It’s a shock to many parents – that moment when their teenage children fall out of love with them. How do you move on from that kind of rejection? Sue Elliott-Nicholls is finding it hard this Mother’s Day.
I was shooting the breeze with a group of bright lovely 15-somethings in the park. Some of them I’ve known since they were grubby lolly-stained little cherubs with unbrushed hair, tearing around the playground before running back to us, their mums, for love and approval.
Now they sit in the sunshine, well-groomed and gorgeous, flicking that once-messy hair.
“So, you know how much you used to worship your mum?” I ask Eve.
“She grew old,” says Eve.
And there it is.
That moment when you get shoved off the pedestal by your cruel uncaring teens is the most heartbreaking moment of parenthood.
For me it was far worse than the leaving home thing. You expect the leaving home thing – when my eldest son left home, it felt right. But no-one prepares you for the moment you go from being the dramatic lead to the comedy cameo role in the second act.
One day they’re pleading with you to spare them five minutes of your precious time to build a Lego space ship (“OK, in a minute, in a minute, in a MINUTE! Mummy’s busy darling, sorry.”)
The next, you’re being called a “beg-friend”.
I hear them calling other mothers that, so I ask them: “What’s a ‘beg-friend’?”
“A friend who (like) begs for your attention, who wants to hang around with you, but you don’t really want to hang around with, and (like) spends all their money on you, just for your friendship,” explains Eve.
“What a horribly cruel heartless thing to say,” I say, shocked.
Eve shrugs, casting an uncaring sideways glance to her friends (the ones who don’t need to beg).
That is what we parents of teens have been reduced to – rejected, abandoned, irrelevant.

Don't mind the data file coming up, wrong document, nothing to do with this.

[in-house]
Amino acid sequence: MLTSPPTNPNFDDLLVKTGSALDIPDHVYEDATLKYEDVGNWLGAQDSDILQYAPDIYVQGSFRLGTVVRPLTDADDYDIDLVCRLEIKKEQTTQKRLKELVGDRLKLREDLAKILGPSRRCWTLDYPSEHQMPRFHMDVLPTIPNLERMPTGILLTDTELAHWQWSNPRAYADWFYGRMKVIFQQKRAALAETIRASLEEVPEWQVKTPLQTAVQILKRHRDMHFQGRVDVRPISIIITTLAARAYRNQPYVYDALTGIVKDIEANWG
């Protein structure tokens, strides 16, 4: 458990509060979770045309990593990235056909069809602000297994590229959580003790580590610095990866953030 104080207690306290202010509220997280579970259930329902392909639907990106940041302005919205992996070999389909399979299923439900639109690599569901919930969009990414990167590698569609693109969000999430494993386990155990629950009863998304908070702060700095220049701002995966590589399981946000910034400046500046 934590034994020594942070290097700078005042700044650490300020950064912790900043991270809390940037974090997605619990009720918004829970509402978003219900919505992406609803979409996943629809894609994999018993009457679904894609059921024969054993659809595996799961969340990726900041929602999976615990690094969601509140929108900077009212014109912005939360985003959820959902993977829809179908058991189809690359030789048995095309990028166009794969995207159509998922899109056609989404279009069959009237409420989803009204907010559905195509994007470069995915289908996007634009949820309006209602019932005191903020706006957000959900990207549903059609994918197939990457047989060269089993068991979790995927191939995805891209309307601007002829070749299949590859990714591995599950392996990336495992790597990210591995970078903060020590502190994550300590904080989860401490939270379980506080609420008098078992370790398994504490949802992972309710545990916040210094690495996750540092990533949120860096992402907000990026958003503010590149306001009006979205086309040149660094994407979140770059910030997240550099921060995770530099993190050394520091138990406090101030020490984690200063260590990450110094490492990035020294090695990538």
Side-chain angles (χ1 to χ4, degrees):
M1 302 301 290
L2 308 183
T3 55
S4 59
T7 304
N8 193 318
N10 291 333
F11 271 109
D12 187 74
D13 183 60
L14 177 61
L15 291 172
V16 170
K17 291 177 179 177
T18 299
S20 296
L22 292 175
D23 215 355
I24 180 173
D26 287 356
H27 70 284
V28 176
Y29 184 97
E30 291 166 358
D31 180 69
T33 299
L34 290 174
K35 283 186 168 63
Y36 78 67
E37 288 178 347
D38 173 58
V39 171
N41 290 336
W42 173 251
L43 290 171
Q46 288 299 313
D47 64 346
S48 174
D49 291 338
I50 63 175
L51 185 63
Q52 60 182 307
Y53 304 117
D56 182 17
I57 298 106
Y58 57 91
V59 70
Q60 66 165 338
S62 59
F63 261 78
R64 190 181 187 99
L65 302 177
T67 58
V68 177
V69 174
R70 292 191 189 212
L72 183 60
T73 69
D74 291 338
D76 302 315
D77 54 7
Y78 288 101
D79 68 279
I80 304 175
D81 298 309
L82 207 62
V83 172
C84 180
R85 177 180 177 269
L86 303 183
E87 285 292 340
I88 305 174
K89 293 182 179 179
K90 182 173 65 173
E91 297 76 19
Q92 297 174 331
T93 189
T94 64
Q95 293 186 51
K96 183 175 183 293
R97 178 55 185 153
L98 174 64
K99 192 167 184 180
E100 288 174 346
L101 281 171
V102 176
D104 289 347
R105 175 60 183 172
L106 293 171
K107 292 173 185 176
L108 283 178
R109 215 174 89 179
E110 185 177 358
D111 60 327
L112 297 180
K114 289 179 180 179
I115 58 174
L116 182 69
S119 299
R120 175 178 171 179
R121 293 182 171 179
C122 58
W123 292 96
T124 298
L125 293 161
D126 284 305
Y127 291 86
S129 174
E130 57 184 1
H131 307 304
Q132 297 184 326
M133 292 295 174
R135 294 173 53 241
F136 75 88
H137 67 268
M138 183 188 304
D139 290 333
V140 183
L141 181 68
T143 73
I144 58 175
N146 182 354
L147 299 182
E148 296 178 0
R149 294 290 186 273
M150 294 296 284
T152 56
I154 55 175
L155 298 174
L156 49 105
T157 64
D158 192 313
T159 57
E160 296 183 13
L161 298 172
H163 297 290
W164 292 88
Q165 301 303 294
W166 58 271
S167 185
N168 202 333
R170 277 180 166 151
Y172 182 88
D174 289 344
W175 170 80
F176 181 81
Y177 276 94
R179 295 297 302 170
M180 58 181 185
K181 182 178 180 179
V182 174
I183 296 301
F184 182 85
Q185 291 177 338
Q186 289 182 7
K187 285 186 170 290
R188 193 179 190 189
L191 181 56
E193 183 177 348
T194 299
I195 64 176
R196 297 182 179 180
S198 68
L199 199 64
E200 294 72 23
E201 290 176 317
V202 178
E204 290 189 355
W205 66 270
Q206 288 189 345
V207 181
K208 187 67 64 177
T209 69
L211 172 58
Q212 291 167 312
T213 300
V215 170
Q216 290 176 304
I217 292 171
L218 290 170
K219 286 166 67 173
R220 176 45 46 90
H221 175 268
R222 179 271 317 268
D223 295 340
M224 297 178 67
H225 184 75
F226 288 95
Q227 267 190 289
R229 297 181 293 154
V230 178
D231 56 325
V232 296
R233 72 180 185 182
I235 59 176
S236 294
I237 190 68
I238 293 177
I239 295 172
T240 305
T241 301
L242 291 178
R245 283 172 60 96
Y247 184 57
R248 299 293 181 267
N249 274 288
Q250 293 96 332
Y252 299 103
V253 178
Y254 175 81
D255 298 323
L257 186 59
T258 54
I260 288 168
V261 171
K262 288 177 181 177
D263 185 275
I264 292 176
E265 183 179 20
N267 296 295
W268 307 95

I call my pals to check it’s not just me. It’s not.
“I see him looking at me with pure hate,” says Georgia, whose youngest son is 15. “If I try and kiss his cheek, he flinches.” That’s harsh.
“It’s like not being picked for the sports team any more,” says Jude’s mother, Mary Cate. “I’m really at the bottom of the list now.”
We despair at the way they all scuttle off to their smelly untidy bedrooms, which they now seem to prefer to the warm comfort of the family living room.
“Not only are they alone in their rooms, they also have headphones on – another barrier,” wails Christina, whose children rarely speak to her these days.
Teenagers can still talk and be charming though – as long as they’re with their friends. I hear them laughing hysterically and spend a few minutes standing behind the living room door, listening to the cruel banter they do so well. Then I walk in to say hello – and the room falls silent. The atmosphere is so awkward I feel my insides curdle.
“Hi guys!” I say, my voice a touch too bright.
I slither out, defeated.
Christina used to chat to Fin’s friend when he came over, until Fin told her to cut it out. “Please mum, he’s not here to talk to YOU,” he said.
So rude! We would not take that kind of talk from anybody else, and yet, we take it.
I ask the teenagers what the correct protocol is then, when addressing their precious friends?
“I mean,” I gush. “If I just ignored you when you came round wouldn’t you think I was rude? Wouldn’t you get a bit paranoid and worry that I didn’t like you?”
“Yeah, well you don’t need to be rude,” says Joel, looking shocked. “A polite ‘Hi’ – and that’s it.”
“Hmm, it’s probably less embarrassing for your kids if you just don’t speak,” says Nicole pointedly.
OK, so play it cool. Be very, very careful, and try not to get too excited when they occasionally come over for a chat. It’s best to control yourself, but it’s hard.